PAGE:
Total Recall

Tim Burton's 10 Best Movies

In this week's Total Recall, we count down the best-reviewed work of the director of Miss Peregrine's Home for Peculiar Children.

by | September 28, 2016 | Comments

For 30 years and counting, Tim Burton has been one of the most successful directors in Hollywood — and he’s done it his way, presenting filmgoers with an ever-growing list of films that celebrate the strange and macabre, from comedies (Beetlejuice) to dramas (Big Fish) to thrillers (Sleepy Hollow), with a few stops for big-budget blockbuster fare along the way (Batman, Planet of the Apes). Heck, Burton’s even proven his mettle as a director of animated fare (Corpse Bride) and served as a producer on at least one movie he didn’t direct, but you probably thought he did (The Nightmare Before Christmas). This week, Burton’s back with Miss Peregrine’s Home for Peculiar Children, and to celebrate, we decided to take a look back at his ten best-reviewed films. Let’s Total Recall, shall we?


10. Big Fish (2003) 75%

After facing the loudest critical catcalls of his career with 2001’s Planet of the Apes, Burton needed a rebound — and he got it with Big Fish. It certainly had its detractors — Jim Lane of the Sacramento News & Review, for one, was annoyed by what he called “Burton’s flourishes of self-satisfied frippery” — but most critics were satisfied with the way Burton brought his signature visual style to bear on this adaptation of Daniel Wallace’s novel about a father whose propensity for tall tales has driven a wedge between himself and his son. Burton, who had recently lost both of his parents, knew a thing or two about strained family relations, and that no doubt enabled him to bring an extra personal touch to this whimsically bittersweet drama. As Rob Nelson of the Minneapolis/St. Paul City Pages observed, “Burton, favoring form over content, flavor over fact, has been often criticized for not knowing how to bring his work to satisfactory resolution. But I’d call that a good thing. Blame it on his dad.”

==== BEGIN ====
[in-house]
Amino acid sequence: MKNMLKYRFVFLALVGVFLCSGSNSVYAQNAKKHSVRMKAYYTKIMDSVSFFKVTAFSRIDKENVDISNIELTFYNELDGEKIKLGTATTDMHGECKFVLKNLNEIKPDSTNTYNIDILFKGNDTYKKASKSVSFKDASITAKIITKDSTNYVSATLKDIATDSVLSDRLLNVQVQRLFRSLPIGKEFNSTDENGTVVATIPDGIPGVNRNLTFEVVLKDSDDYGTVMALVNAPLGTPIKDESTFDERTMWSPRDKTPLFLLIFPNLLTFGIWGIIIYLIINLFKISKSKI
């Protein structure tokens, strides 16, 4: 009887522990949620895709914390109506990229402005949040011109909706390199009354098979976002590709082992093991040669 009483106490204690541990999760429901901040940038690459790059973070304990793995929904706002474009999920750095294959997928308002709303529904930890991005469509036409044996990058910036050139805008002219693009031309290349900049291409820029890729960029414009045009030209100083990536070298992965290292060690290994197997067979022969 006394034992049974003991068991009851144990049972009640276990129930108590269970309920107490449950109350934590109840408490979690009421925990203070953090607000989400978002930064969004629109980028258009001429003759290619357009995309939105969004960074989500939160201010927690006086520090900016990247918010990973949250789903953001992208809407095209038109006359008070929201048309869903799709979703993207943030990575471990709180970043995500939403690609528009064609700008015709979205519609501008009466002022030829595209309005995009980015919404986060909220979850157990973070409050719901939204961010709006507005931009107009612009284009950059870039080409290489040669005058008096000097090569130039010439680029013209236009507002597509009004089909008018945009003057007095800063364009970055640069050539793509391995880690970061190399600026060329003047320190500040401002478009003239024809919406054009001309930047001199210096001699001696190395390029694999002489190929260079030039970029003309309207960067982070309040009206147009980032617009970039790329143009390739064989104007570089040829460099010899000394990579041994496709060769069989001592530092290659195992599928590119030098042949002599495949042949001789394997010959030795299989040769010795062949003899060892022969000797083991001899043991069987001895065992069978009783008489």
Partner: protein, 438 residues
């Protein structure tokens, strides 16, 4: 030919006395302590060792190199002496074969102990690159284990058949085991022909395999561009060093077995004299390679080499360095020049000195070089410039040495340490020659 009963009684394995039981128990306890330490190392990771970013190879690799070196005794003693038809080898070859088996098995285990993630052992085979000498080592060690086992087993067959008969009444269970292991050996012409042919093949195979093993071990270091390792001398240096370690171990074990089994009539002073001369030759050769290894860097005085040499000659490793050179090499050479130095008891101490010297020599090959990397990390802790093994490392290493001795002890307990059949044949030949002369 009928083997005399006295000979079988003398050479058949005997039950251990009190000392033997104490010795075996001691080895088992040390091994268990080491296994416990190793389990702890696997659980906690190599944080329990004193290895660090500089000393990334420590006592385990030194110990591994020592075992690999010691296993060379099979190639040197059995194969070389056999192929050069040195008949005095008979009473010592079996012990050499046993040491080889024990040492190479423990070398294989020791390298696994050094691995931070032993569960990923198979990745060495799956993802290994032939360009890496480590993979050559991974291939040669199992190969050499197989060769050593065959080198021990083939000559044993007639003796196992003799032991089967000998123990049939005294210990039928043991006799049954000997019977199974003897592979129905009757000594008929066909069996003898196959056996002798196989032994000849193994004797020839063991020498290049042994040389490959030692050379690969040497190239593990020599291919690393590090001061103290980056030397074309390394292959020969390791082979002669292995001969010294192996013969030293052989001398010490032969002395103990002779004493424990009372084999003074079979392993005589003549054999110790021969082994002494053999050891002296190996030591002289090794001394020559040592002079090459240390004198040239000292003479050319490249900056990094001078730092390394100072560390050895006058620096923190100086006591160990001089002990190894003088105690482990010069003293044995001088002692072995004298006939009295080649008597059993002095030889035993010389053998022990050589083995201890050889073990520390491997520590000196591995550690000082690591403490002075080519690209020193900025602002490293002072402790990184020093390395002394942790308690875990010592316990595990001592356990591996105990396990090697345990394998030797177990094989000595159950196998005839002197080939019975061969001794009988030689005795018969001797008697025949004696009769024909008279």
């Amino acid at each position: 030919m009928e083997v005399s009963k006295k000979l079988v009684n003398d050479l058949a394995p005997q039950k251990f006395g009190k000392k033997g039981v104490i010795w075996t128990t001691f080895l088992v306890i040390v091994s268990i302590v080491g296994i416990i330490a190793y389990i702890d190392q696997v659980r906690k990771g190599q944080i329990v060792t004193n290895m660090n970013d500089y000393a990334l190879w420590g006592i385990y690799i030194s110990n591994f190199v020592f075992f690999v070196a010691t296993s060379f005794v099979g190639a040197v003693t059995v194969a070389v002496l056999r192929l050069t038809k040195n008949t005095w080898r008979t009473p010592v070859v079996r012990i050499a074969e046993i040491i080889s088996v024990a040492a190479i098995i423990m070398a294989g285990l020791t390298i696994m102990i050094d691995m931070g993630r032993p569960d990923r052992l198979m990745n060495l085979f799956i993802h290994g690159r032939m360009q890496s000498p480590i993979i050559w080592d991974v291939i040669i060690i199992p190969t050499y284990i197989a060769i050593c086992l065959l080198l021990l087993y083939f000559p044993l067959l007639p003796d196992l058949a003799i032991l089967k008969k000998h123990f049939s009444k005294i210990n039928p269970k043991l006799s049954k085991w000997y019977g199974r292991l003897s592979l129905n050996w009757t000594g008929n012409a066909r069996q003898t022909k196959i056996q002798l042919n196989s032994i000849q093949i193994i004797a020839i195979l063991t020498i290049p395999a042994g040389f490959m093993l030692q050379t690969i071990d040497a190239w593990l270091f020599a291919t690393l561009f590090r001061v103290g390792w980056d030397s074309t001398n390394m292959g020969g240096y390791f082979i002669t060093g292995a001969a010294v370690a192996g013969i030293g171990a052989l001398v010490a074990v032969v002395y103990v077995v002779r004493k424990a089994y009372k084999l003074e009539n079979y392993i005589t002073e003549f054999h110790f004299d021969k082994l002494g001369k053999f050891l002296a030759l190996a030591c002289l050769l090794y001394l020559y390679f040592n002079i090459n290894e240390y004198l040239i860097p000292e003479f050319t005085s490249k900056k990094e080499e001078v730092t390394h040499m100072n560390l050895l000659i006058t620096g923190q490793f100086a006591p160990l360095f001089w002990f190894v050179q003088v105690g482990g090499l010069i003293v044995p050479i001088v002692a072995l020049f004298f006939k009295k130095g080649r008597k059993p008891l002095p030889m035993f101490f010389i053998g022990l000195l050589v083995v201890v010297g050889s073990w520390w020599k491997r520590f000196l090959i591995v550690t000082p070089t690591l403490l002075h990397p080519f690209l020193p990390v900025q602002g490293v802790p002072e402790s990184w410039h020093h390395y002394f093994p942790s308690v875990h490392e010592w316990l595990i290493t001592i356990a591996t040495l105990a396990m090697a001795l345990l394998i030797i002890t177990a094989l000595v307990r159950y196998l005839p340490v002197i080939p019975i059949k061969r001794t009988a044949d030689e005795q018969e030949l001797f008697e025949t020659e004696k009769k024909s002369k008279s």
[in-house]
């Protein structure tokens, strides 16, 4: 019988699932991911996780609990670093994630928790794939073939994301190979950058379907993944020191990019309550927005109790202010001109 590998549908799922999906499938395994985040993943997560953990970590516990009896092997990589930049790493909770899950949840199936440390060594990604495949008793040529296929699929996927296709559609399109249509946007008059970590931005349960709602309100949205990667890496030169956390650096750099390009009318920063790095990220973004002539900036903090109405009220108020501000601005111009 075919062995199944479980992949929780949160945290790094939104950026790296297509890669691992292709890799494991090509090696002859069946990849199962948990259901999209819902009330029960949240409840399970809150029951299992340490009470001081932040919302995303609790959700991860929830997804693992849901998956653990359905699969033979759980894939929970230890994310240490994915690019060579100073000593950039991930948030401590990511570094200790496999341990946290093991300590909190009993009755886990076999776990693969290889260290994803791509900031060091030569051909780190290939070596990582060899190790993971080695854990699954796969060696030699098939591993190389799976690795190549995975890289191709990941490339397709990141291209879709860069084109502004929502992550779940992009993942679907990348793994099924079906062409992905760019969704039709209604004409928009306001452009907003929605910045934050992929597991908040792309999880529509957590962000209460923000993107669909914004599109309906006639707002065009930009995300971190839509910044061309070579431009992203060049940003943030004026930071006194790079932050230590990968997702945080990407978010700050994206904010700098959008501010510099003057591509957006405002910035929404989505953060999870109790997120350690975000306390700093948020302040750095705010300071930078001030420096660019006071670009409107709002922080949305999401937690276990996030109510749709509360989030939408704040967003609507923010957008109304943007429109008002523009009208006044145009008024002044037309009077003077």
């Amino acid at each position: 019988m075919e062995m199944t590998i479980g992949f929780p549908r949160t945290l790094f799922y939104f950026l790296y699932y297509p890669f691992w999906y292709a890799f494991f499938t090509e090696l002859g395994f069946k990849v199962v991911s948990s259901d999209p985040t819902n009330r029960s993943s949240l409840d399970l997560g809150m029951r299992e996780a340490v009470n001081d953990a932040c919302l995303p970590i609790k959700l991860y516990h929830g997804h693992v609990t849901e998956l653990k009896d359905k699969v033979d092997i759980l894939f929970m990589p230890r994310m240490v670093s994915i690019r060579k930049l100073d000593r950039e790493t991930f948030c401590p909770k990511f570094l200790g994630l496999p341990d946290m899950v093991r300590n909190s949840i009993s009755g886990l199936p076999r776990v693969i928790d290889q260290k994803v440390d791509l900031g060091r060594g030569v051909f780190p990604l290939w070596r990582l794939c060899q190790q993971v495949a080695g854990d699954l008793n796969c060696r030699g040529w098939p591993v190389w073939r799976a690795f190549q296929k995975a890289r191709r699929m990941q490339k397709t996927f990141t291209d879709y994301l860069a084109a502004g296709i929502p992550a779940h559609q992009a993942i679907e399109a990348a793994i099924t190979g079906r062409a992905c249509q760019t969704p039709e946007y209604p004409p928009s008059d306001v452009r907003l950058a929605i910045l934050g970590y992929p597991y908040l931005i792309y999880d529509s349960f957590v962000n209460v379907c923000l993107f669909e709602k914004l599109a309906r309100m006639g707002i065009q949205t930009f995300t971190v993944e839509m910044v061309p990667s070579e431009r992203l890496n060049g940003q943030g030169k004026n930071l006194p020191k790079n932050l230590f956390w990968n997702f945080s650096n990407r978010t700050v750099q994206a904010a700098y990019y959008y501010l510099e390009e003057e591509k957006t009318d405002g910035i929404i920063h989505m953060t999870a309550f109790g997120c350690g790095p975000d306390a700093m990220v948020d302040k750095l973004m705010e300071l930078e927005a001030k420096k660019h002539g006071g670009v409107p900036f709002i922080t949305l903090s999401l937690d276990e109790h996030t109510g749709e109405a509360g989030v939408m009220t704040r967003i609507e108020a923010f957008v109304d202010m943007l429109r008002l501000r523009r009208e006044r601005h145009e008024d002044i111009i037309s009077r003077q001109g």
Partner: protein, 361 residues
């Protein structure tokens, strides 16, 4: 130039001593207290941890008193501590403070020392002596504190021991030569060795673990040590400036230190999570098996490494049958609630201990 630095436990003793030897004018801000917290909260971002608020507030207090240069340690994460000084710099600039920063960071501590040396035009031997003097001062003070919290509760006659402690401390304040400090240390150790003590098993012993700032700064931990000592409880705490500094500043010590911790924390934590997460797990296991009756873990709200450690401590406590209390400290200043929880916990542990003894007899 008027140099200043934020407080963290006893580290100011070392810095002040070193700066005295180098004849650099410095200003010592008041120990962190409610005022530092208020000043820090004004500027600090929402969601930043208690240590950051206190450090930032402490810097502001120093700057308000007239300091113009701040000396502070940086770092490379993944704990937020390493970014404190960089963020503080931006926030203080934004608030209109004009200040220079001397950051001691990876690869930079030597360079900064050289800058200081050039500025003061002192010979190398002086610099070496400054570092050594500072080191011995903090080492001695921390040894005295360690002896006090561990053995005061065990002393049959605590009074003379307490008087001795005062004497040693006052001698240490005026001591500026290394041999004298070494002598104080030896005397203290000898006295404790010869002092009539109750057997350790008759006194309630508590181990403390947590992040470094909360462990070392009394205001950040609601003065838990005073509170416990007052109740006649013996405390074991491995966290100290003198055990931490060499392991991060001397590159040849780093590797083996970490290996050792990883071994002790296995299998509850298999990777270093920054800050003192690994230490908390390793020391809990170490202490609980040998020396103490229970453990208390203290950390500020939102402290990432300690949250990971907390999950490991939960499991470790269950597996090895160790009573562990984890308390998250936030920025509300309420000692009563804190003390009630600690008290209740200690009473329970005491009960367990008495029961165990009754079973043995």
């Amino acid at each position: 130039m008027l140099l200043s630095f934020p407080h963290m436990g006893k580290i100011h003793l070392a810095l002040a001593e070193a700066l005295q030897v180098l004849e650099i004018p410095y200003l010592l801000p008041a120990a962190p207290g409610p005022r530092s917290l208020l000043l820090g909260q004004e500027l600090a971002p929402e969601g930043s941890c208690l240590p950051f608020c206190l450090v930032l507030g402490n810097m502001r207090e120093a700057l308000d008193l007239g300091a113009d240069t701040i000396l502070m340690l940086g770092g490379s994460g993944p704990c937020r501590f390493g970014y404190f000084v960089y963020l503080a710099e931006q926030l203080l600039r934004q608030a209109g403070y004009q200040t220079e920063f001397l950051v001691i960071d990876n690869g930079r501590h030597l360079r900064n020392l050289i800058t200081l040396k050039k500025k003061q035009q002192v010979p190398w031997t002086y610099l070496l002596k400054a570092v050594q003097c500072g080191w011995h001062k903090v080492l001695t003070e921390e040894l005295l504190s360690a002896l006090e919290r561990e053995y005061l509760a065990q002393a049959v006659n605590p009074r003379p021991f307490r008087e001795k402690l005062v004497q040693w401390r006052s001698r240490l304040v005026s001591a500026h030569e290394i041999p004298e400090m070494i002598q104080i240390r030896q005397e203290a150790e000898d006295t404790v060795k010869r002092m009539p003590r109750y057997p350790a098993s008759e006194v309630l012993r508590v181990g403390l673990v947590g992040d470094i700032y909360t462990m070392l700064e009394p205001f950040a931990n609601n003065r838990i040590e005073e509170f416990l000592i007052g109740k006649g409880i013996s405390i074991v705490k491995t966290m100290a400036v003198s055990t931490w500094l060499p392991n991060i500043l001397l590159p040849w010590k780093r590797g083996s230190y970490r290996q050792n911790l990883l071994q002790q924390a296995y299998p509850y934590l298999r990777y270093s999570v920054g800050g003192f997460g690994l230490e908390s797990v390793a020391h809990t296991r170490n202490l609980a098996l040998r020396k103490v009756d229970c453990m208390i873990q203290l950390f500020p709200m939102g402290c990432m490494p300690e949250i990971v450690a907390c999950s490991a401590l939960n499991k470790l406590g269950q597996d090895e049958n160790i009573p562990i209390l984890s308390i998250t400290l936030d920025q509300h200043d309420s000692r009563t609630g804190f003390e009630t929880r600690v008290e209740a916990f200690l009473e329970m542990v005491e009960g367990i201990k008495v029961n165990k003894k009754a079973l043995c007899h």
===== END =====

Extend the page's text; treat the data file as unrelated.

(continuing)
9. Batman Returns (1992) 80%

Though he was initially reluctant to film a Batman sequel, Burton was eventually persuaded to return to Gotham after wresting complete creative control from Warner Bros. and hiring Daniel Waters (who worked with Burton on an attempted Beetlejuice sequel) to write the script. The result was 1992’s Batman Returns, a casting dream that found Batman (Michael Keaton, donning the cowl for the final time) facing off against Catwoman (Michelle Pfeiffer, resplendent in leather) and the Penguin (a scenery-chewing Danny DeVito). Though some critics (and parents) felt the film was too dark, most reviews were positive; in fact, before Christopher Nolan came along with Batman Begins, Batman Returns was the best-reviewed film in the franchise, something Desson Thompson of the Washington Post attributed to the fact that it “Comes closer than ever to Bob Kane’s dark, original strip, which began in 1939.”


8. Beetlejuice (1988) 84%

Burton and Warner Bros. toiled for years on a Batman script, leaving him free to entertain other projects — but it wasn’t until Michael McDowell’s original screenplay for Beetlejuice crossed Burton’s desk that he felt like he’d met his match. After hiring Warren Skaaren to give McDowell’s rather dark and violent script a more family-friendly polish, Burton set about filming what would end up becoming one of 1988’s most successful movies — an absurd ghost comedy starring Michael Keaton as the titular “bio-exorcist” that a pair of ghosts (Geena Davis and Alec Baldwin) hire to rid their home of its obnoxious living residents. Bustling with kooky special effects, off-the-wall humor, and Harry Belafonte songs, Beetlejuice racked up almost $75 million in domestic grosses, cementing Burton’s status as a bankable filmmaker (and speeding Batman‘s development in the process). More than just a fine early example of Burton’s skewed sensibilities, Beetlejuice remains a thoroughly enjoyable comedy; in the words of eFilmCritic’s Scott Weinberg, it “Coasts by like a rocket, thanks to Keaton’s inspired performance and Burton’s dark-carnival lunacy.”